The Gut Microbiome impacts anti-tumor response to cancer therapy

On Friday, January 25, 2019, the CRCHUM Conferences will host Laurence Zitvogel, professor in the department of immunology biology of the University of Paris 11.

Abstract

The fine line between human health and disease can be driven by the interplay between host and microbial factors. This “metagenome” regulates cancer initiation, progression, and response to therapies. Besides the capacity of distinct microbial species to modulate the pharmacodynamics of chemotherapeutic drugs, symbiosis between epithelial barriers and their microbial ecosystems has a major impact on the local and distant immune system, markedly influencing clinical outcome in cancer patients. Efficacy of cancer immunotherapy with immune checkpoint antibodies can be diminished with administration of antibiotics, and superior efficacy is observed with the presence of specific gut microbes. Future strategies of precision medicine will likely rely on novel diagnostic and therapeutic tools with which to identify and correct defects in the microbiome that compromise therapeutic efficacy.

Guest of Dr Bertrand Routy. Axe Cancer.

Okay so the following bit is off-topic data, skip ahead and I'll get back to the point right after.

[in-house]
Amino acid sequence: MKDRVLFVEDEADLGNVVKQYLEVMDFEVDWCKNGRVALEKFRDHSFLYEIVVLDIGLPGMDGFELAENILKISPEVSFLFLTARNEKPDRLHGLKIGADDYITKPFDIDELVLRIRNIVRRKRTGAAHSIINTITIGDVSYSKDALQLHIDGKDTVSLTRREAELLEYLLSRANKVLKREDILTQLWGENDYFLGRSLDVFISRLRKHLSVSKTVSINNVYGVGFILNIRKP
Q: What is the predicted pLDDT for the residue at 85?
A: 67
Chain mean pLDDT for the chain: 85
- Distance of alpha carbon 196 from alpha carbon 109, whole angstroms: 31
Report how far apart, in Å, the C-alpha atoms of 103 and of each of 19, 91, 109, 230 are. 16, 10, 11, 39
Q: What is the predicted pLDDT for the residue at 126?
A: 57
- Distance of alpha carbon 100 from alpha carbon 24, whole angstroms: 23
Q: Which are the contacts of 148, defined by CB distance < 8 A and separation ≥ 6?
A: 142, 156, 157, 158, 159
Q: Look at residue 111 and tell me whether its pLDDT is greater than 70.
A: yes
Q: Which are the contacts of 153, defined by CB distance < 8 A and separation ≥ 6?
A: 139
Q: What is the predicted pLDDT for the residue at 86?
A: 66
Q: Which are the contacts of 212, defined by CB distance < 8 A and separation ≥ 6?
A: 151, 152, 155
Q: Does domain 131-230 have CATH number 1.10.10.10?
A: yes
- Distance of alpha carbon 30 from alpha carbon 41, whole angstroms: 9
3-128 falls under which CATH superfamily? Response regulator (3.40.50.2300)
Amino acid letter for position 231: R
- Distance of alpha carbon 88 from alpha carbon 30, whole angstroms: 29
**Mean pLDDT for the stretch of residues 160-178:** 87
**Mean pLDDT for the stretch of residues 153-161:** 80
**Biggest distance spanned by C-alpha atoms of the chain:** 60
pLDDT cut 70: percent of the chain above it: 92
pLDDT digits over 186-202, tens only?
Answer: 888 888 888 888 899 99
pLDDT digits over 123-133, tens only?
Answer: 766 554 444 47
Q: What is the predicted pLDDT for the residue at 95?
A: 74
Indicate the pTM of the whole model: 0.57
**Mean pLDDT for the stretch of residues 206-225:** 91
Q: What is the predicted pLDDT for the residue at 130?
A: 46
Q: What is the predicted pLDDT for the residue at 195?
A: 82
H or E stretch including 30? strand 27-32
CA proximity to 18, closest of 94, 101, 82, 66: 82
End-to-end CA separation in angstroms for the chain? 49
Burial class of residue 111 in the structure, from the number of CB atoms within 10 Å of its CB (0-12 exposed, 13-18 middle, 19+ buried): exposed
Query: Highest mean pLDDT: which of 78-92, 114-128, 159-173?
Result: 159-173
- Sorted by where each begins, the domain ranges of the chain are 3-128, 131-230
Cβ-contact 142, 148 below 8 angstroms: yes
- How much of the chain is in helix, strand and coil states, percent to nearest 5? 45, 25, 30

This conference will be presented in English.

Friday, January 25, at noon
Auditorium of the CRCHUM , R05.210 and R05.220
900 Saint-Denis Street, 5th floor 
Montreal (Quebec), H2X 0A9

Laurence Zitvogel, M.D. Ph.D.
Director of the Center for Clinical investigations in biotherapies Curie / IGR
Professor in the department of immunology biology of the University of Paris 11
Director of the INSERM Unit

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The CRCHUM Conferences are free weekly meetings featuring renowned scientific speakers from various disciplines. These conferences are accredited by the Royal College of Physicians and Surgeons of Canada as continuing professional development activities. 
 

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